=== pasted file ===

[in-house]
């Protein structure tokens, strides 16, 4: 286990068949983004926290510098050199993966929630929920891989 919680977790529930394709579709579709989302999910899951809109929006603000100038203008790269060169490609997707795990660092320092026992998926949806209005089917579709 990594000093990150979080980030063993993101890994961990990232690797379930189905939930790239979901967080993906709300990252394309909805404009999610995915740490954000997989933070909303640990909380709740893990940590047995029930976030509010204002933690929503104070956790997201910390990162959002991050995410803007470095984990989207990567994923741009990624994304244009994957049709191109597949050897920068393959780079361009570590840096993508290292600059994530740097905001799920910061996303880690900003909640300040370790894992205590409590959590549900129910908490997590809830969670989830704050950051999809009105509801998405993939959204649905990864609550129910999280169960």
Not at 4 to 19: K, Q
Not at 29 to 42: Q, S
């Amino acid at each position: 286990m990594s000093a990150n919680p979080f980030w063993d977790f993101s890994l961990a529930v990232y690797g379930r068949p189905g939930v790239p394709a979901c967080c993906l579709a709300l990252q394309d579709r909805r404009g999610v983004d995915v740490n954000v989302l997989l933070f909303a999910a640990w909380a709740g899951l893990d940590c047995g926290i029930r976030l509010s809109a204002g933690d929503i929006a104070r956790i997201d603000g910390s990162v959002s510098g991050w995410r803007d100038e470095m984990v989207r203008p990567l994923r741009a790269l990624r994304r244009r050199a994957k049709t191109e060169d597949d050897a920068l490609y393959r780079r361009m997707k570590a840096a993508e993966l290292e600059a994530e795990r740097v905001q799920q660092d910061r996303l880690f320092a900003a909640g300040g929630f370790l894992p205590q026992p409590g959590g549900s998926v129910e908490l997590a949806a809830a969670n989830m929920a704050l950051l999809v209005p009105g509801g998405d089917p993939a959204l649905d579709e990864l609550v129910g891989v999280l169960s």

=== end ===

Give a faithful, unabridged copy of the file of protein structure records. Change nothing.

[in-house]
């Protein structure tokens, strides 16, 4: 286990068949983004926290510098050199993966929630929920891989 919680977790529930394709579709579709989302999910899951809109929006603000100038203008790269060169490609997707795990660092320092026992998926949806209005089917579709 990594000093990150979080980030063993993101890994961990990232690797379930189905939930790239979901967080993906709300990252394309909805404009999610995915740490954000997989933070909303640990909380709740893990940590047995029930976030509010204002933690929503104070956790997201910390990162959002991050995410803007470095984990989207990567994923741009990624994304244009994957049709191109597949050897920068393959780079361009570590840096993508290292600059994530740097905001799920910061996303880690900003909640300040370790894992205590409590959590549900129910908490997590809830969670989830704050950051999809009105509801998405993939959204649905990864609550129910999280169960």
Not at 4 to 19: K, Q
Not at 29 to 42: Q, S
């Amino acid at each position: 286990m990594s000093a990150n919680p979080f980030w063993d977790f993101s890994l961990a529930v990232y690797g379930r068949p189905g939930v790239p394709a979901c967080c993906l579709a709300l990252q394309d579709r909805r404009g999610v983004d995915v740490n954000v989302l997989l933070f909303a999910a640990w909380a709740g899951l893990d940590c047995g926290i029930r976030l509010s809109a204002g933690d929503i929006a104070r956790i997201d603000g910390s990162v959002s510098g991050w995410r803007d100038e470095m984990v989207r203008p990567l994923r741009a790269l990624r994304r244009r050199a994957k049709t191109e060169d597949d050897a920068l490609y393959r780079r361009m997707k570590a840096a993508e993966l290292e600059a994530e795990r740097v905001q799920q660092d910061r996303l880690f320092a900003a909640g300040g929630f370790l894992p205590q026992p409590g959590g549900s998926v129910e908490l997590a949806a809830a969670n989830m929920a704050l950051l999809v209005p009105g509801g998405d089917p993939a959204l649905d579709e990864l609550v129910g891989v999280l169960s």